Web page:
This bilingual edition, a parallel text in Old French and English, is based on a reexamination of the Old French manuscript, and makes "Silence" available to specialists and students in various fields of literature and women''s studies. aaaa The Roman de Silence, an Arthurian romance of the thirteenth century, tells of a girl raised as a boy, equally accomplished as a minstrel and knight, whose final task, the capture of Merlin, leads to her unmasking."
Author: T. Fenster
Release Date: 2016-04-30
Genre: Social Science
Modern scholarship generally treats the "debate about women" (querelle des femmes) as a late medieval phenomenon, perhaps touched upon by canonic authors like Chaucer but truly begun by Christine de Pizan (1364-1429), and therefore primarily of English and French origin. That emphasis has obscured the ways in which both writers were participating in a much wider, much older cultural phenomenon with varied and intractable roots. Articles in this collection explore how gender is put into debate in Anglo-Saxon, German, Spanish and Italian cultures, and they re-examine French and Middle English debate literature. The collection is carefully planned to be accessible to students seeking an idea of the debate's motifs and contours while maintaining the high level of issue involvement necessary to commanding a more seasoned audience. Contributors include Pamela Benson, Alcuin Blamires, Margaret Franklin, Roberta Krueger, Clare Lees and Gillian Overing, Ann Matter, Karen Pratt, Helen Solterer, Julian Weiss, and Barbara Weissberger.
Author: Margaret Schaus
Publisher: Taylor & Francis
Release Date: 2006
From women's medicine and the writings of Christine de Pizan to the lives of market and tradeswomen and the idealization of virginity, gender and social status dictated all aspects of women's lives during the middle ages. A cross-disciplinary resource, Women and Gender in Medieval Europe examines the daily reality of medieval women from all walks of life in Europe between 450 CE and 1500 CE, i.e., from the fall of the Roman Empire to the discovery of the Americas. Moving beyond biographies of famous noble women of the middles ages, the scope of this important reference work is vast and provides a comprehensive understanding of medieval women's lives and experiences. Masculinity in the middle ages is also addressed to provide important context for understanding women's roles. Entries that range from 250 words to 4,500 words in length thoroughly explore topics in the following areas: · Art and Architecture · Countries, Realms, and Regions · Daily Life · Documentary Sources · Economics · Education and Learning · Gender and Sexuality · Historiography · Law · Literature · Medicine and Science · Music and Dance · Persons · Philosophy · Politics · Political Figures · Religion and Theology · Religious Figures · Social Organization and Status Written by renowned international scholars, Women and Gender in Medieval Europe is the latest in the Routledge Encyclopedias of the Middle Ages. Easily accessible in an A-to-Z format, students, researchers, and scholars will find this outstanding reference work to be an invaluable resource on women in Medieval Europe.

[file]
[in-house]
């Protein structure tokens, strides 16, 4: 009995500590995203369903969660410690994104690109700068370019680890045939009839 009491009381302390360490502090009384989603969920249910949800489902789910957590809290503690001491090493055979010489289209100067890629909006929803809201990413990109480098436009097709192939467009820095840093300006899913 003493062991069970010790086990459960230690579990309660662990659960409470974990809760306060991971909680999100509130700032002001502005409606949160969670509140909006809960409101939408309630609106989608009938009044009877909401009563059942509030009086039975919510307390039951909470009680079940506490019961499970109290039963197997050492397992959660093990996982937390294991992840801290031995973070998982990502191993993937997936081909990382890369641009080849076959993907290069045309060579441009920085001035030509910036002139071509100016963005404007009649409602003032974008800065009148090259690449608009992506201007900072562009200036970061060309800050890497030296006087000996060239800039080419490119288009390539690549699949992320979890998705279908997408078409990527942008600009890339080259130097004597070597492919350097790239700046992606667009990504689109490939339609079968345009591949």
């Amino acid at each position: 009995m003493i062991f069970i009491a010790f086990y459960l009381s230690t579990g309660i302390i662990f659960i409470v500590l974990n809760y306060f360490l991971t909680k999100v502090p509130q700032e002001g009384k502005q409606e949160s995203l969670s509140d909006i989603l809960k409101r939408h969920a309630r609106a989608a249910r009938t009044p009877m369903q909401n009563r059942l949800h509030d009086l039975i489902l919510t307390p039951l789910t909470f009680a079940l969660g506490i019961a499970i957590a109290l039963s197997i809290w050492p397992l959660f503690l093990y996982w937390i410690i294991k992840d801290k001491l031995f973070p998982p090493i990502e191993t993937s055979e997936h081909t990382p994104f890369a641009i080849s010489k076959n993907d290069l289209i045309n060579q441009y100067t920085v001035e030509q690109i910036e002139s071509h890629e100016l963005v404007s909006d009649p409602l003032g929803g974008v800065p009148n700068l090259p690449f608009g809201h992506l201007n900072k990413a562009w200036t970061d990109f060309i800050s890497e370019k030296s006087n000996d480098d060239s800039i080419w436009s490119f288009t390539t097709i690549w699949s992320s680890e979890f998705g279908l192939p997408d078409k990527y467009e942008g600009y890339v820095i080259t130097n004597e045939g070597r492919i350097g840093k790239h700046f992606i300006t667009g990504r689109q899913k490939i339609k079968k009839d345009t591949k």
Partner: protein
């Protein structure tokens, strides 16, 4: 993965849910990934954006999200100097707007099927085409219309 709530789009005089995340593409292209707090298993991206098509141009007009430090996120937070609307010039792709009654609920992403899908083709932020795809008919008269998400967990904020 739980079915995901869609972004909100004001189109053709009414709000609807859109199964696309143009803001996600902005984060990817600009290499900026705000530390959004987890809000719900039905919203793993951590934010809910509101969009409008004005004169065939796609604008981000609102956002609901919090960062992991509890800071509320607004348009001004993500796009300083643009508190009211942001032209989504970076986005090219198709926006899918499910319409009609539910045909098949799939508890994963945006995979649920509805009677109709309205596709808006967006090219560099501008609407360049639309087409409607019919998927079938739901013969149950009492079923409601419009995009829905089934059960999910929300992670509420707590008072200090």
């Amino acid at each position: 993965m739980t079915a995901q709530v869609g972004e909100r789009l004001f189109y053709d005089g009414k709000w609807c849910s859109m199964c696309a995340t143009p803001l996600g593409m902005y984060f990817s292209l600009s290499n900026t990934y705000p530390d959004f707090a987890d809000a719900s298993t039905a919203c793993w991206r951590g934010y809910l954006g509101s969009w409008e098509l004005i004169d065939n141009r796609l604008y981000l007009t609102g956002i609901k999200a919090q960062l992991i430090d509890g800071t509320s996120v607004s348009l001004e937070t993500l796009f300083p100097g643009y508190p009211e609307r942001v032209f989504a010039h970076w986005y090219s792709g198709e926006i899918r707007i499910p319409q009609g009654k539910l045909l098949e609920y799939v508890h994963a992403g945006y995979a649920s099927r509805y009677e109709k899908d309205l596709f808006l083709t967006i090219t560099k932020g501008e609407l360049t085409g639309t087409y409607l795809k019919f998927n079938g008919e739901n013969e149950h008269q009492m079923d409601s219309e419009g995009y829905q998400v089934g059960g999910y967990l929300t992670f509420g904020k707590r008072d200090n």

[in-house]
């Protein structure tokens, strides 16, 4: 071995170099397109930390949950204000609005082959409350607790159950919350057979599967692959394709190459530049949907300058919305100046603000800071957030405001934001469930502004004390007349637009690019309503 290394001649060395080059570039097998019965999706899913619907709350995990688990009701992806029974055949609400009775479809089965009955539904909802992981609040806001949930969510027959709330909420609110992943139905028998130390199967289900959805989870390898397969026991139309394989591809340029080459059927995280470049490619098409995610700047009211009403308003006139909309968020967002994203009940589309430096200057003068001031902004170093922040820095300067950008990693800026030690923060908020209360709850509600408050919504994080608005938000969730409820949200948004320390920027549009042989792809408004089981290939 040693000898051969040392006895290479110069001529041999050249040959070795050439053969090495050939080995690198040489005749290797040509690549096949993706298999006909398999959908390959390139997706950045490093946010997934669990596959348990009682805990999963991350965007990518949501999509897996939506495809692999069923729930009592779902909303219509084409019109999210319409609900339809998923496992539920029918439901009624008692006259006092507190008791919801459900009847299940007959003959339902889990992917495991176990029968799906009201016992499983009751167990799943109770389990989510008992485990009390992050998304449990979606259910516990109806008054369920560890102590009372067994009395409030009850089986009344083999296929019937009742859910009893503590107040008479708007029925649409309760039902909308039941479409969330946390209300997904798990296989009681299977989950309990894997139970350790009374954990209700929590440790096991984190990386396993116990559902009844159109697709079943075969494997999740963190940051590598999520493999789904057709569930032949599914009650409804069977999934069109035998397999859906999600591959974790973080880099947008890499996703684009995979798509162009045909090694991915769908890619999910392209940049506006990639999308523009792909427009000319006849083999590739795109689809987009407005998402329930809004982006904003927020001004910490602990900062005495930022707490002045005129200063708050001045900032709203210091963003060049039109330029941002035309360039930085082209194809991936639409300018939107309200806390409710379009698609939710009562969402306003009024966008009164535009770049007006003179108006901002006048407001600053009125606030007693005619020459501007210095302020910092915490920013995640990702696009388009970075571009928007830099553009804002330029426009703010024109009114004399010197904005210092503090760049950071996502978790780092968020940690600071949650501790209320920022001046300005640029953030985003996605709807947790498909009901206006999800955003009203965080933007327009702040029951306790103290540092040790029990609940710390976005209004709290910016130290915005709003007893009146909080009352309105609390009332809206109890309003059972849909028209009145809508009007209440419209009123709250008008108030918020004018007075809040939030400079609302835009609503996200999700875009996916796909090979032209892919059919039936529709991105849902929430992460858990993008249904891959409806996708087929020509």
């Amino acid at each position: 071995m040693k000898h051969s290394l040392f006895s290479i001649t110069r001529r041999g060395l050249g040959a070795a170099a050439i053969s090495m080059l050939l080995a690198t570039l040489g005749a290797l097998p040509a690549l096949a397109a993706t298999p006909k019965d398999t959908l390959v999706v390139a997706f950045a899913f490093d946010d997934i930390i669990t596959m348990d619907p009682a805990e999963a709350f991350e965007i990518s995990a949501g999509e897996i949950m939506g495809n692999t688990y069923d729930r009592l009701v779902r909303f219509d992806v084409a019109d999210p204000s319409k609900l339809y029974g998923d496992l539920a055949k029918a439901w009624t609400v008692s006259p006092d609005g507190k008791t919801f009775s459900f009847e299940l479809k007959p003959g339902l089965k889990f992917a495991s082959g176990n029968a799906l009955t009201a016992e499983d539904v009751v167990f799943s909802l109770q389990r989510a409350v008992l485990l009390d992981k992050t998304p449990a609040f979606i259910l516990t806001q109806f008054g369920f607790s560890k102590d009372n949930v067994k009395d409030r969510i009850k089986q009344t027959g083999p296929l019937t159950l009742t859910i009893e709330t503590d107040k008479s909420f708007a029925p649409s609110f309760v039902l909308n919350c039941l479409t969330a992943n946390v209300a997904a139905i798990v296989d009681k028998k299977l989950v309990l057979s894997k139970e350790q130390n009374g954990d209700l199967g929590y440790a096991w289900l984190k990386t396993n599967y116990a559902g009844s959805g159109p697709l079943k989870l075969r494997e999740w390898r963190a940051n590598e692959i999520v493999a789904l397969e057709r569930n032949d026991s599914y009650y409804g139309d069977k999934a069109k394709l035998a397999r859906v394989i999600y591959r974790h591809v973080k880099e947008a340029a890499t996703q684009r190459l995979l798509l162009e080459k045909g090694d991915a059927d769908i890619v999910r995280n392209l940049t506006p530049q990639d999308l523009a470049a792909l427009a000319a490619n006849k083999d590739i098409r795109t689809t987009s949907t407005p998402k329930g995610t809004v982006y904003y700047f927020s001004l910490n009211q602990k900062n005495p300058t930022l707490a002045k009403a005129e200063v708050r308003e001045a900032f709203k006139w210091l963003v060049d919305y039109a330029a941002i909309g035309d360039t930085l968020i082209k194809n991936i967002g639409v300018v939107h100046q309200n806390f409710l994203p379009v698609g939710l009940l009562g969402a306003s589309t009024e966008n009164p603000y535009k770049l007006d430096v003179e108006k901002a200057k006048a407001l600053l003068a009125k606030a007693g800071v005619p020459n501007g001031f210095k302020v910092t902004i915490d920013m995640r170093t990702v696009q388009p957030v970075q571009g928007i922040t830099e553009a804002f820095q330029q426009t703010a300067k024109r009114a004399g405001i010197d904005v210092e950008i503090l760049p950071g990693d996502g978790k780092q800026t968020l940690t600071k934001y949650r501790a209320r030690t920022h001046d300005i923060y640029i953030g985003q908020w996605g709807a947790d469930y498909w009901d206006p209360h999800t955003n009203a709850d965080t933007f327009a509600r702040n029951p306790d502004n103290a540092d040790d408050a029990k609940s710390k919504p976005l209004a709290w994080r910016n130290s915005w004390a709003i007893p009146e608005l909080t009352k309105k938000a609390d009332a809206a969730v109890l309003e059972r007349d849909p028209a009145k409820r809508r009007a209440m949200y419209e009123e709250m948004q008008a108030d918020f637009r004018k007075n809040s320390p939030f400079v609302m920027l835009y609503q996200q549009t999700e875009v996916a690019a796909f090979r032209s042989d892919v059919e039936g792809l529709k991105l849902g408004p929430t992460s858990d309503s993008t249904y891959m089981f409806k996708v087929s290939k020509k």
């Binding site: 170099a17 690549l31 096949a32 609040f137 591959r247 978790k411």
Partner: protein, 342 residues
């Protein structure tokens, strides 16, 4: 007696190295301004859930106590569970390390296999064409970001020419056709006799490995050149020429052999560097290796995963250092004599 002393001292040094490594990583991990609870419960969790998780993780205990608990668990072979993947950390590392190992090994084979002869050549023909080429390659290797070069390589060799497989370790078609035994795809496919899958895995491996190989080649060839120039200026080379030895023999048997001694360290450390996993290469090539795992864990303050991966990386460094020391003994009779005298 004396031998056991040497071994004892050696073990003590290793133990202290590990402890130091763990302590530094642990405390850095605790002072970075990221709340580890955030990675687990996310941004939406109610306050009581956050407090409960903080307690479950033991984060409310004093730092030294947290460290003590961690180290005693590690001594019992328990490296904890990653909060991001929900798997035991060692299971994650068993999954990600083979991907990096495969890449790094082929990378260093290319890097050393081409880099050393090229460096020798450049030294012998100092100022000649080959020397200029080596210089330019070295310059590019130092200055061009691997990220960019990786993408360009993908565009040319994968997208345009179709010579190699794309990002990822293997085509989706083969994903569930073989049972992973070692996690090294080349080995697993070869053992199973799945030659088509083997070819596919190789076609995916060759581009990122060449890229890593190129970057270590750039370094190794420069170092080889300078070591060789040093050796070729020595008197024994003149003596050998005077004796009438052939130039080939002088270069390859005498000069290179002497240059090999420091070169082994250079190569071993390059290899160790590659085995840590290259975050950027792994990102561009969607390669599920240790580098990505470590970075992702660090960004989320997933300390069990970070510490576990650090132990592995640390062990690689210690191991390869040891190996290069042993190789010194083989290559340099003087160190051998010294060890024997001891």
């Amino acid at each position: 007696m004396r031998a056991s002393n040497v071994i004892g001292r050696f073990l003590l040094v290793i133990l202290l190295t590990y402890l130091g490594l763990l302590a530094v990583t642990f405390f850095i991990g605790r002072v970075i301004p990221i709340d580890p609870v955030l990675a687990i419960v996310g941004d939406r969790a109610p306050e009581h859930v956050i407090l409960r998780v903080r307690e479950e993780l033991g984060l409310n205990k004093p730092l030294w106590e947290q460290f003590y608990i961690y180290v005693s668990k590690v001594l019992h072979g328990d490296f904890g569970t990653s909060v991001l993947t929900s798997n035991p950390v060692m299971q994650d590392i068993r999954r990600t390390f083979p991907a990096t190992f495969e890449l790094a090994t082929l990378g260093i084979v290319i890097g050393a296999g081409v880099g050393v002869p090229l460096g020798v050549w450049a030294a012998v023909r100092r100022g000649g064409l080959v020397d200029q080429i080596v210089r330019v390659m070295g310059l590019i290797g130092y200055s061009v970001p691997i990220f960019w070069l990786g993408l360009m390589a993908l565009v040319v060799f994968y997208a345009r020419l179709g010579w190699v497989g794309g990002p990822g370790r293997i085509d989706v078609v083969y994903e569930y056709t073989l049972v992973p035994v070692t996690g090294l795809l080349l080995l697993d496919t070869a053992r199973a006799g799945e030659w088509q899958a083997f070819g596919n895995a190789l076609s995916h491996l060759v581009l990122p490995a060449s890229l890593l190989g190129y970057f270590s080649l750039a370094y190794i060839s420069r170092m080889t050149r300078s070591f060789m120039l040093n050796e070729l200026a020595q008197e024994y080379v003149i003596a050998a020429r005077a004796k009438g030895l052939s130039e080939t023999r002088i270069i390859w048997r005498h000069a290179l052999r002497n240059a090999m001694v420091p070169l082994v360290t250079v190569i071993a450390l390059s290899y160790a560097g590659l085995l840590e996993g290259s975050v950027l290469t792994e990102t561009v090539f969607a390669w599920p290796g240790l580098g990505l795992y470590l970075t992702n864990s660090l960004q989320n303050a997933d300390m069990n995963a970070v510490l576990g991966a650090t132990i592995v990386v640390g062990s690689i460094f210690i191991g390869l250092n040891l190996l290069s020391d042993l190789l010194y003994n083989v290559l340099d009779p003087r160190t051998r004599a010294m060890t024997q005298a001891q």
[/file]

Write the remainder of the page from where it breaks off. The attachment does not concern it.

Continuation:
The medieval bestiary was a contribution to didactic religious literature, addressing concerns central to all walks of Christian and secular life. These essays analyze the bestiary from both literary and art historical perspectives, exploring issues including kinship, romance, sex, death, and the afterlife.
Author: Laura Napran
Publisher: Brepols Pub
Release Date: 2004
Exile in the Middle Ages took many different forms. As a literary theme it has received much scholarly attention in the Latin, Greek and vernacular traditions. The historical and legal phenomenon of exile is relatively unexplored territory. In the secular world, it usually meant banishment of a person by a higher authority for political reasons, resulting in the exile leaving home for a shorter or longer period. Sometimes an exile did not wait to be expelled but left of his or her own accord. Leaving home to go on pilgrimage, or, in the case of women to marry could be experienced as a form of exile. In the ecclesiastical sphere, two forms of exile stand out. Monasticism was often seen as a form of spiritual (permanent) exile from the secular world. Excommunication was a punishment exercised by the Church authorities in order to eject persons (often only temporarily) from the community of Christians. Banishment as a form of social punishment is therefore the central theme of this volume on Exile in the Middle Ages. The book covers the period of the central Middle Ages from ca. 900 to ca. 1300 in Western Europe, though some chapters have a wider remit. The genesis of the volume was a series of presentations delivered at the Leeds International Medieval Congress in 2002, which was devoted to the theme of Exile.
These innovative essays take a comparative approach to queer studies while simultaneously queering the field of comparative literature, strengthening the interdisciplinarity of both. By focusing not only on comparative praxis, but also on interrogating our assumptions and categories of analysis, Comparatively Queer powerfully transforms the paradigms of comparison.